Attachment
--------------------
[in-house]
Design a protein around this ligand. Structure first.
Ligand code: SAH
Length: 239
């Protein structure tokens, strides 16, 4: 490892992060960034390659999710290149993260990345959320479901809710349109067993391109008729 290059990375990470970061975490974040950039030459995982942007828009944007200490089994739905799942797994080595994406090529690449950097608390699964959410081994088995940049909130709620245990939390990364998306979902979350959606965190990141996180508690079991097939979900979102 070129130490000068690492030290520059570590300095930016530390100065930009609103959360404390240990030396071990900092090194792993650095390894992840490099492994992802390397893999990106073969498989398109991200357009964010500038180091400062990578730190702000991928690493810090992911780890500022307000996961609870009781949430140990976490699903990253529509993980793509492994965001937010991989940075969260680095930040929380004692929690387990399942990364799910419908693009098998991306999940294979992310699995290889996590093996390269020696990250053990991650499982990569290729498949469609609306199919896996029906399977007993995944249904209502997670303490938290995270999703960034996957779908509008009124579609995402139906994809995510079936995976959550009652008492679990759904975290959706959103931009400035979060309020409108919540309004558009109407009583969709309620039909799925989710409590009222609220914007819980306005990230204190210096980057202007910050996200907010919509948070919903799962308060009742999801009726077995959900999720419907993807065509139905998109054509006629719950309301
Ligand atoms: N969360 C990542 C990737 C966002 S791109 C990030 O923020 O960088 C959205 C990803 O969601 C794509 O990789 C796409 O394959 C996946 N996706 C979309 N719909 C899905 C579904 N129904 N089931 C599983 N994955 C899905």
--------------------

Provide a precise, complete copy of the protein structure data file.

[in-house]
Design a protein around this ligand. Structure first.
Ligand code: SAH
Length: 239
């Protein structure tokens, strides 16, 4: 490892992060960034390659999710290149993260990345959320479901809710349109067993391109008729 290059990375990470970061975490974040950039030459995982942007828009944007200490089994739905799942797994080595994406090529690449950097608390699964959410081994088995940049909130709620245990939390990364998306979902979350959606965190990141996180508690079991097939979900979102 070129130490000068690492030290520059570590300095930016530390100065930009609103959360404390240990030396071990900092090194792993650095390894992840490099492994992802390397893999990106073969498989398109991200357009964010500038180091400062990578730190702000991928690493810090992911780890500022307000996961609870009781949430140990976490699903990253529509993980793509492994965001937010991989940075969260680095930040929380004692929690387990399942990364799910419908693009098998991306999940294979992310699995290889996590093996390269020696990250053990991650499982990569290729498949469609609306199919896996029906399977007993995944249904209502997670303490938290995270999703960034996957779908509008009124579609995402139906994809995510079936995976959550009652008492679990759904975290959706959103931009400035979060309020409108919540309004558009109407009583969709309620039909799925989710409590009222609220914007819980306005990230204190210096980057202007910050996200907010919509948070919903799962308060009742999801009726077995959900999720419907993807065509139905998109054509006629719950309301
Ligand atoms: N969360 C990542 C990737 C966002 S791109 C990030 O923020 O960088 C959205 C990803 O969601 C794509 O990789 C796409 O394959 C996946 N996706 C979309 N719909 C899905 C579904 N129904 N089931 C599983 N994955 C899905």